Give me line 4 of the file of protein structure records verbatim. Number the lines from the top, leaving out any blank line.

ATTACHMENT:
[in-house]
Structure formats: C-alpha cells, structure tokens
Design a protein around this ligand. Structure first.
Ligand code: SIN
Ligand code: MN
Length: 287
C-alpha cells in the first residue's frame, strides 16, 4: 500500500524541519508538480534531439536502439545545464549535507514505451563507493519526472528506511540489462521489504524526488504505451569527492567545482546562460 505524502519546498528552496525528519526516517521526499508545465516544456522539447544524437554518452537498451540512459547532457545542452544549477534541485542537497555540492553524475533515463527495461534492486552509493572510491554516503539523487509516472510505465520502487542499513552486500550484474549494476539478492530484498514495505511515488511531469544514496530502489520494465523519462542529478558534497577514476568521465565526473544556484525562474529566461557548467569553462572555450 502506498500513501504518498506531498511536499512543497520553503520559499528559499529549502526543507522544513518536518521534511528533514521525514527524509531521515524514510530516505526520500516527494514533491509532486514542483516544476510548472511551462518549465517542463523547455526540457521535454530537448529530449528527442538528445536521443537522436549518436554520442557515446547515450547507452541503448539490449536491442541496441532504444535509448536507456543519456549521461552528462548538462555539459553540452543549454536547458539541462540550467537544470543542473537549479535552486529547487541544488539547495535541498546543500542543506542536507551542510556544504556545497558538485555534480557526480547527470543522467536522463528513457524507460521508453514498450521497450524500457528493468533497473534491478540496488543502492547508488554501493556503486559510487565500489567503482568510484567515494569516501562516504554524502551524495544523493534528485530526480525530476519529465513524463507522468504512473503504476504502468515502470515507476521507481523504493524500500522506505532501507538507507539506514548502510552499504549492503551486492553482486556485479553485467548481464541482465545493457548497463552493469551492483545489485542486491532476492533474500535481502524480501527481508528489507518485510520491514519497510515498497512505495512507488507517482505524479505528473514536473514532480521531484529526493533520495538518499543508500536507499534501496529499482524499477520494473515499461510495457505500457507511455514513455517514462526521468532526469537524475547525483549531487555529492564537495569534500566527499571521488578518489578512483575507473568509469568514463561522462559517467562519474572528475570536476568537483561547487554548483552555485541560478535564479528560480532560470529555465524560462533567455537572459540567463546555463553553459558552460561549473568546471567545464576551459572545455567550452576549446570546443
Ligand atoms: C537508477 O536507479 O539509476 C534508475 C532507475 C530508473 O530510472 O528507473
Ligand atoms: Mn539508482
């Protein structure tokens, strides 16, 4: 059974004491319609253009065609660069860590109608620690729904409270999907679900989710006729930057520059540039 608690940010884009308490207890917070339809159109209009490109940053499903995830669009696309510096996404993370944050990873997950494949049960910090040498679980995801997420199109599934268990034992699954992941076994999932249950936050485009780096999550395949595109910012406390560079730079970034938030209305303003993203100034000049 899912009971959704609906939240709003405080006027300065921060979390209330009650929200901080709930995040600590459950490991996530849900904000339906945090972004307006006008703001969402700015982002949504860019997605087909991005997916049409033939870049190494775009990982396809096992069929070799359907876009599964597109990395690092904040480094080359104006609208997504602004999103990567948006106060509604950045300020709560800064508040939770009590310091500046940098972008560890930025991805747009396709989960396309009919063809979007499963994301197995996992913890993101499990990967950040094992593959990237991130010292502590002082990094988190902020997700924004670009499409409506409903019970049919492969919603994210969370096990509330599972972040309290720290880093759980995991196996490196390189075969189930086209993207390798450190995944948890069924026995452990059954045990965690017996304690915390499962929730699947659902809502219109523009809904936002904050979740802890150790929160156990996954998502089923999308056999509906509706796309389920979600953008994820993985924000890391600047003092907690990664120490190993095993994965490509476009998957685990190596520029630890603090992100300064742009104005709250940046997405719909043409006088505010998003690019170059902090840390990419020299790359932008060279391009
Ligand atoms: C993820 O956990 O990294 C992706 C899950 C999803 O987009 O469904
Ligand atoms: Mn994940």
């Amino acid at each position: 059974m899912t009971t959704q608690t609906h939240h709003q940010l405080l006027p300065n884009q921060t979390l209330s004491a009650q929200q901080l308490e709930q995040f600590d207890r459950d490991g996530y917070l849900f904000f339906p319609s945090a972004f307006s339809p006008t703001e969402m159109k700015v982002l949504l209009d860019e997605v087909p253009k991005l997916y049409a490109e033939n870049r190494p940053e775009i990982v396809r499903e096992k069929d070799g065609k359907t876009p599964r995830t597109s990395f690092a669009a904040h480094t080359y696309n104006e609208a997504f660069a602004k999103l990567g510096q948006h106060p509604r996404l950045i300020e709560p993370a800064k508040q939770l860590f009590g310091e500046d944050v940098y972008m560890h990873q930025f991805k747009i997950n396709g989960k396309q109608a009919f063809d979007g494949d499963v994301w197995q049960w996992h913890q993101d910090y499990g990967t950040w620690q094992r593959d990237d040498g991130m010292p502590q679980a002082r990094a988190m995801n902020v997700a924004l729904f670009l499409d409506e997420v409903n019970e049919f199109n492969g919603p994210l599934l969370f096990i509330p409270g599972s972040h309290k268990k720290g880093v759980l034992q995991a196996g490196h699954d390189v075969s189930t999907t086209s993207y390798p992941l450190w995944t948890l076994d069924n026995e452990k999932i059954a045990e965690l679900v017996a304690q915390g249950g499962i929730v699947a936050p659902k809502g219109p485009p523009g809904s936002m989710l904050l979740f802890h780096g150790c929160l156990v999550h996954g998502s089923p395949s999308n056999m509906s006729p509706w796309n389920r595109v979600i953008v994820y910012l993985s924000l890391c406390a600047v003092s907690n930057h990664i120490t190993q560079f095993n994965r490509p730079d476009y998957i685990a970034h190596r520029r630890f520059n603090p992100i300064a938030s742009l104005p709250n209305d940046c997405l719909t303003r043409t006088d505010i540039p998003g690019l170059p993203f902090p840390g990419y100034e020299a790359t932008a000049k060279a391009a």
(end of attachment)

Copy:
Ligand code: SIN